Background Briefing

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Lack of Funding for Humanitarian Operations

U.N. OCHA asked for U.S.$1.5 billion in funding for Sudan for 2006, but as of the end of the first quarter it has received only 8 percent of that amount.110  In 2005, OCHA received 63 percent of its funding requirements for Darfur.111

In March 2006, the United Nations High Commissioner for Refugees (UNHCR) announced that it was forced to slash assistance for Darfur by 44 percent. The reason given was that the steady erosion of security in the past months severely limited its operations and access in Darfur (UNHCR is mainly operational in West Darfur). Its revised budget for 2006 was U.S.$18.5 million, down from the previously planned U.S.$33 million. 112

On March 16, 2006, the United Nations Children’s Fund (UNICEF) announced that it had received only U.S.$2.6 million in donor money for Darfur, against a target of U.S.$91.7 million (i.e. less than 3 percent of the needed amount). UNICEF warned that because of lack of funding it was already in the process of planning to hand over life-sustaining and life-saving programs to the Sudanese government.113 That would be devastating for the internally displaced and other needy people in Darfur, however, because of the government’s limited capacity and its consistent claim that the needs are greatly exaggerated by the “international media.”114

The World Food Programme announced in March 2006 that cash shortages had forced it to cut food rations to more than 6 million people in Sudan.115  On April 28, WFP made a further statement that it was forced to cut food rations in Darfur in half because it had only received 32 percent of the $746 million it requires for Sudan. The head of WFP, James Morris, said “We have been pushed into this last resort of ration cuts in Sudan so we can provide the needy with at least some food during the lean season.”116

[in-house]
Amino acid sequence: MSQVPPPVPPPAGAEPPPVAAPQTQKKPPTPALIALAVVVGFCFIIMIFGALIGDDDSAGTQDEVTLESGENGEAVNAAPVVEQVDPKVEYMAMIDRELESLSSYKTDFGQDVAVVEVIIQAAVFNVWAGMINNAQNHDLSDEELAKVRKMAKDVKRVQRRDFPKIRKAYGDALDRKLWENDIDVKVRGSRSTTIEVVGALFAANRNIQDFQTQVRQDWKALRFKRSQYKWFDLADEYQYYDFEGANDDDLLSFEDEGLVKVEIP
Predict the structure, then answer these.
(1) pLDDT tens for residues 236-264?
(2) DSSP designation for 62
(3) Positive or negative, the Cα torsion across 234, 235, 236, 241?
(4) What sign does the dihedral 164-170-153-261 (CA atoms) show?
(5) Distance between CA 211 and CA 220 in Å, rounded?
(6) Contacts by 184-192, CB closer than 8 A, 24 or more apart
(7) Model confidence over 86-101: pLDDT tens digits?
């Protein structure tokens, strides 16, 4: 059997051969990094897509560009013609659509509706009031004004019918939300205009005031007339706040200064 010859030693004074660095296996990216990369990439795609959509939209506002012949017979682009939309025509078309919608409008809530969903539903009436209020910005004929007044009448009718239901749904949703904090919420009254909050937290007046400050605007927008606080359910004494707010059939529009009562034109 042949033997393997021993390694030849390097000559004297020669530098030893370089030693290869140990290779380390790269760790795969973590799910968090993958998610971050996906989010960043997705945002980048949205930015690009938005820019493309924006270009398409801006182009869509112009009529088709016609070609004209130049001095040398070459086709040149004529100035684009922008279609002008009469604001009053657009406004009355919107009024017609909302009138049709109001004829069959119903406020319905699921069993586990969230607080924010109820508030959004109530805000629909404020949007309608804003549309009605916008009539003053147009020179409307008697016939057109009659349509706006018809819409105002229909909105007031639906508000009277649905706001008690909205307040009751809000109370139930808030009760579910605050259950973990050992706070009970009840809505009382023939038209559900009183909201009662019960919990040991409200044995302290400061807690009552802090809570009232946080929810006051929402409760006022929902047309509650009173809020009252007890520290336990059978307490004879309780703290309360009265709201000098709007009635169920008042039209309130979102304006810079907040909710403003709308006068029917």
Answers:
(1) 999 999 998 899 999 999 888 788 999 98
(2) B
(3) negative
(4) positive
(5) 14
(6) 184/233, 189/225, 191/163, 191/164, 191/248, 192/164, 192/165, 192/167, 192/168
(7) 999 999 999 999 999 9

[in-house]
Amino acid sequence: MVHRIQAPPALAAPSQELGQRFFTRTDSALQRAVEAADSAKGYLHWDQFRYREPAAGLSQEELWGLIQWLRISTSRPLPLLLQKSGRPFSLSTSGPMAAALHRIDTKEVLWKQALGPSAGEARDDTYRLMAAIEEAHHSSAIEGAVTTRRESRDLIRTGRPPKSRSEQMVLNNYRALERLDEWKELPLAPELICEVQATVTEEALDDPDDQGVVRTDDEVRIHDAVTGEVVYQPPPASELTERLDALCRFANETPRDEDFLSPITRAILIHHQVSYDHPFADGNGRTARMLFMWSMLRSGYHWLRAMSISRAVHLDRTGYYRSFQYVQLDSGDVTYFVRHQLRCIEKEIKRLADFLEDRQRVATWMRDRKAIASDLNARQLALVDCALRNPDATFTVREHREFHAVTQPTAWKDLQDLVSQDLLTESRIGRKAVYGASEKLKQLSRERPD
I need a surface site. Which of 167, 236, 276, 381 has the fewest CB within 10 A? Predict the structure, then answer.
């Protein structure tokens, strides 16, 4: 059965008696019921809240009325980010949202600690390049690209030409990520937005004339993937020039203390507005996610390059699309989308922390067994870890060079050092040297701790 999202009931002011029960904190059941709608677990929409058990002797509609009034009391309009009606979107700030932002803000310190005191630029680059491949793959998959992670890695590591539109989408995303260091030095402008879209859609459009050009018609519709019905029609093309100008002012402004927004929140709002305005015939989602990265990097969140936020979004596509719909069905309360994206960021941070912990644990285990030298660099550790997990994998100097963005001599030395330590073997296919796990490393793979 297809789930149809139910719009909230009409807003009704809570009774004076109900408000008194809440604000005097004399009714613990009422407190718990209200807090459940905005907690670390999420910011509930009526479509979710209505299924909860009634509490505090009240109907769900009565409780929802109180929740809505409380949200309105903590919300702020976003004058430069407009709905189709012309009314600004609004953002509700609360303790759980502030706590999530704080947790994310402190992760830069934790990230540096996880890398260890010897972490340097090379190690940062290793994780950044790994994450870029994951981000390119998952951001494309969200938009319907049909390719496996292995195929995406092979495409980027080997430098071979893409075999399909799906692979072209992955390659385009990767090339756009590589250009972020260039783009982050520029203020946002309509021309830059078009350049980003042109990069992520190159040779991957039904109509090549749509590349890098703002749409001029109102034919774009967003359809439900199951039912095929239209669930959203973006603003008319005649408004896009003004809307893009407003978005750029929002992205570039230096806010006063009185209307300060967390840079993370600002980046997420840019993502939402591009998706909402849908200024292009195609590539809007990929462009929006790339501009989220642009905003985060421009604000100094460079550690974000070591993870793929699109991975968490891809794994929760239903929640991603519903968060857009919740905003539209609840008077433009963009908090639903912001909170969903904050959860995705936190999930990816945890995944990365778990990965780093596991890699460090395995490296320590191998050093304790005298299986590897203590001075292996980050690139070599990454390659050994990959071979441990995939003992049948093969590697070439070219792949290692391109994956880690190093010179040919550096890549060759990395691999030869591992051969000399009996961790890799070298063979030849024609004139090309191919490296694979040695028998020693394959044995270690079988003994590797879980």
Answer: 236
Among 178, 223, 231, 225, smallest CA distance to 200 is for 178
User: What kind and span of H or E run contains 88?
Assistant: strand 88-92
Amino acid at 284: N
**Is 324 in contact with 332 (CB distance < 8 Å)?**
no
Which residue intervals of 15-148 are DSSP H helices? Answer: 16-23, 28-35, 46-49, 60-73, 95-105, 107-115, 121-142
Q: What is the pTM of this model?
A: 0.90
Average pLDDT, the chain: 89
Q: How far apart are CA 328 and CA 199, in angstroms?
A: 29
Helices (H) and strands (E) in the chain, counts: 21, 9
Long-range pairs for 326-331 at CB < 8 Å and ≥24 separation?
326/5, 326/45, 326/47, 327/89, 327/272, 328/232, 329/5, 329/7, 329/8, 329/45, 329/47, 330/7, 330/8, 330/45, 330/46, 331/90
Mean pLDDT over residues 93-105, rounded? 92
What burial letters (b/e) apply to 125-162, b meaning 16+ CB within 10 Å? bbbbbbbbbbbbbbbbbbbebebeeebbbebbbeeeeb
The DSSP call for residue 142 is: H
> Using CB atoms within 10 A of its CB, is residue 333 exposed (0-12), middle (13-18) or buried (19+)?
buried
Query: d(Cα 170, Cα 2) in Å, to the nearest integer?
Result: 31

“Donor fatigue” appears to have set in, at a time when increased resources are needed to reach those whose lives are at greater risk because of Sudanese government and rebel policies and practices that have sharply curtailed humanitarian access.

[110] Human Rights Watch telephone interview from New York with international humanitarian aid official, March 27, 2006.

[111] Ibid.

[112] “UNHCR issues new appeals for Sudan operations; insecurity forces cut in Darfur budget,” UNHCR press release, Geneva, March 9, 2006, [online]

[113] UNICEF, “Humanitarian Action: Darfur, Sudan Donor Update,” March 16, 2006, [online]

[114] Government of Sudan, press statements, 2005.

[115] “Sudan’s Food Aid Cut by U.N. Due to Cash Shortages and Violence,” Bloomberg, March 10, 2006,  [online]

[116] “Adding insult to injury? Sharp ration cuts leave Darfur on a diet,” WFP press release, Khartoum-Geneva, April 28, 2006, [online]  at

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